We play the instrumentals and some dubs because this is when we get to really play! Because sometimes you can't do a lot of it while the singer's singing and you're enjoying it so much that you don't want to stop! (laughs) So sometimes the vocal might come in a bit late! So when they come they take the rest of the show for themselves! (laughs)

How long does it generally take from the time you arrive in the studio to tune and mic drums before recording anything?

It depends. If we have a good engineer it should take a couple of hours before you start recording because you have to mic the drums. Sometimes you have a good engineer who knows the sound that I want, so it doesn't take a long time to get it. The drum is probably the hardest thing to get the right sound on so somebody like Stephen Stanley or Steven Stewart or Fatta Marshall will know exactly what to go for. Or Garfield or Bulby. They'll come around and listen to the drum sound and say "Ok, that's fine. I know what we can do" and we just take it from there.

Let's talk about your forthcoming album with Shaggy. You've worked with him on the title track of his 2004 album Clothes Drop and on your Grammy nominated album Made In Jamaica with Bob Sinclar - but what was the catalyst for working on a full album together?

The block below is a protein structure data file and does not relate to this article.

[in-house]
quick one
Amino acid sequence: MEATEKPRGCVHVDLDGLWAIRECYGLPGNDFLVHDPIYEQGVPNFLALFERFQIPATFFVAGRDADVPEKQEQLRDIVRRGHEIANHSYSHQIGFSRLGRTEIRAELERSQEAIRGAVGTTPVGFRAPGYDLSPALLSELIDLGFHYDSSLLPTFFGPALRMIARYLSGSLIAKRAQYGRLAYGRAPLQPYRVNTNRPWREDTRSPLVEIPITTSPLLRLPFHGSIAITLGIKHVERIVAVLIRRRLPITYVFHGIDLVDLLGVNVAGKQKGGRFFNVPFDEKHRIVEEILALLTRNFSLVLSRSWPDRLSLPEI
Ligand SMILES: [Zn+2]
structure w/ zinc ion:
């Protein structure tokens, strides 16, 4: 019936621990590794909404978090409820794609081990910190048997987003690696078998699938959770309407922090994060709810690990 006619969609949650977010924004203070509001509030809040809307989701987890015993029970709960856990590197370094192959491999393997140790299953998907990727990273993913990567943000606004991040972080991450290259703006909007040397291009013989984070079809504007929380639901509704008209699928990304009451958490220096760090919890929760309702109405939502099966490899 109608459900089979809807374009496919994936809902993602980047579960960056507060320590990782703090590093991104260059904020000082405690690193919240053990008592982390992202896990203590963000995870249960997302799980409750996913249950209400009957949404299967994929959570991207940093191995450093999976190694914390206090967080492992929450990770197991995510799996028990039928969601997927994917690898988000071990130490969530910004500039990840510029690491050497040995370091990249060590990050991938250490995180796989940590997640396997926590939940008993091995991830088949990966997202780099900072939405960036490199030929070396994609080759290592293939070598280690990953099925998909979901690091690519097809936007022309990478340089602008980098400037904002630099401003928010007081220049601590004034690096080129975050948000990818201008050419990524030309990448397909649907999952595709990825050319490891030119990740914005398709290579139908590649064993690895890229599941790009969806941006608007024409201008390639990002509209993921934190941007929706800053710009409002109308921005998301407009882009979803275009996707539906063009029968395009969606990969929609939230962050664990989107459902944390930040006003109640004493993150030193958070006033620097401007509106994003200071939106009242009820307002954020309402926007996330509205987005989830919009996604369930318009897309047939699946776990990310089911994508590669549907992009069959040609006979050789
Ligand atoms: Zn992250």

I think what happened was Robbie was talking to him about how he hasn't really done a full reggae album yet. I'd always said to myself that Shaggy should really go on some really tough hardcore reggae rhythms so Robbie suggested we cut some tracks and he'd said yeah. It was a good experience because it was the first time I'd been to his studio and then me and Robbie ran away to Japan and stopped there for a week. It was good because we laid around 30 tracks in only three days. We cut a lot of tracks and we might cut some more - it depends because we will try and wait until after the holiday period passes and then he might come back into Jamaica and try to put on some vocals and some backing vocals with Cherine Anderson. We're trying to get finished as soon as possible.

Shaggy said in an interview he has 200 songs he's sitting on at any one time - what was the process like for this album? Did you tailor everything from ground up?